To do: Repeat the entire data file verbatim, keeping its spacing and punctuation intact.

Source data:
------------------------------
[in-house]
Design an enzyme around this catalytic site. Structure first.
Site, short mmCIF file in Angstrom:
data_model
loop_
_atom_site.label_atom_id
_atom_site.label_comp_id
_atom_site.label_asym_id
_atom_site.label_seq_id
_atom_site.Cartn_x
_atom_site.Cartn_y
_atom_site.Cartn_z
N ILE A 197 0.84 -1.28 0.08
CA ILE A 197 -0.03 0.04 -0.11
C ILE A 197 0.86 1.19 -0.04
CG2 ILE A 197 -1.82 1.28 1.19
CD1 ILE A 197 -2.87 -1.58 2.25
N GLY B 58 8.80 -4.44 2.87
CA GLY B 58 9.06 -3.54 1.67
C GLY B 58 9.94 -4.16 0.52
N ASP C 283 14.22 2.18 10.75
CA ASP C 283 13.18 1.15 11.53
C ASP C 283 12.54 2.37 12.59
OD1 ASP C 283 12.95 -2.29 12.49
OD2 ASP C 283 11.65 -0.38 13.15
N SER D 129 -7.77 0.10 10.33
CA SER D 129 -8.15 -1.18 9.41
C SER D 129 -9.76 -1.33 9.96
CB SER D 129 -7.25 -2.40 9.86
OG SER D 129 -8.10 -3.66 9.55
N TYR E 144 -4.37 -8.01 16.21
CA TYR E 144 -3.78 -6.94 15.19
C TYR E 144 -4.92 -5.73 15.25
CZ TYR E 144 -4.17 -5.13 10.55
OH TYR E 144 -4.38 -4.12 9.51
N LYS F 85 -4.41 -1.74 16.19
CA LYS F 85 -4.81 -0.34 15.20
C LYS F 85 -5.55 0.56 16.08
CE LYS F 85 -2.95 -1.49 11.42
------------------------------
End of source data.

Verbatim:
[in-house]
Design an enzyme around this catalytic site. Structure first.
Site, short mmCIF file in Angstrom:
data_model
loop_
_atom_site.label_atom_id
_atom_site.label_comp_id
_atom_site.label_asym_id
_atom_site.label_seq_id
_atom_site.Cartn_x
_atom_site.Cartn_y
_atom_site.Cartn_z
N ILE A 197 0.84 -1.28 0.08
CA ILE A 197 -0.03 0.04 -0.11
C ILE A 197 0.86 1.19 -0.04
CG2 ILE A 197 -1.82 1.28 1.19
CD1 ILE A 197 -2.87 -1.58 2.25
N GLY B 58 8.80 -4.44 2.87
CA GLY B 58 9.06 -3.54 1.67
C GLY B 58 9.94 -4.16 0.52
N ASP C 283 14.22 2.18 10.75
CA ASP C 283 13.18 1.15 11.53
C ASP C 283 12.54 2.37 12.59
OD1 ASP C 283 12.95 -2.29 12.49
OD2 ASP C 283 11.65 -0.38 13.15
N SER D 129 -7.77 0.10 10.33
CA SER D 129 -8.15 -1.18 9.41
C SER D 129 -9.76 -1.33 9.96
CB SER D 129 -7.25 -2.40 9.86
OG SER D 129 -8.10 -3.66 9.55
N TYR E 144 -4.37 -8.01 16.21
CA TYR E 144 -3.78 -6.94 15.19
C TYR E 144 -4.92 -5.73 15.25
CZ TYR E 144 -4.17 -5.13 10.55
OH TYR E 144 -4.38 -4.12 9.51
N LYS F 85 -4.41 -1.74 16.19
CA LYS F 85 -4.81 -0.34 15.20
C LYS F 85 -5.55 0.56 16.08
CE LYS F 85 -2.95 -1.49 11.42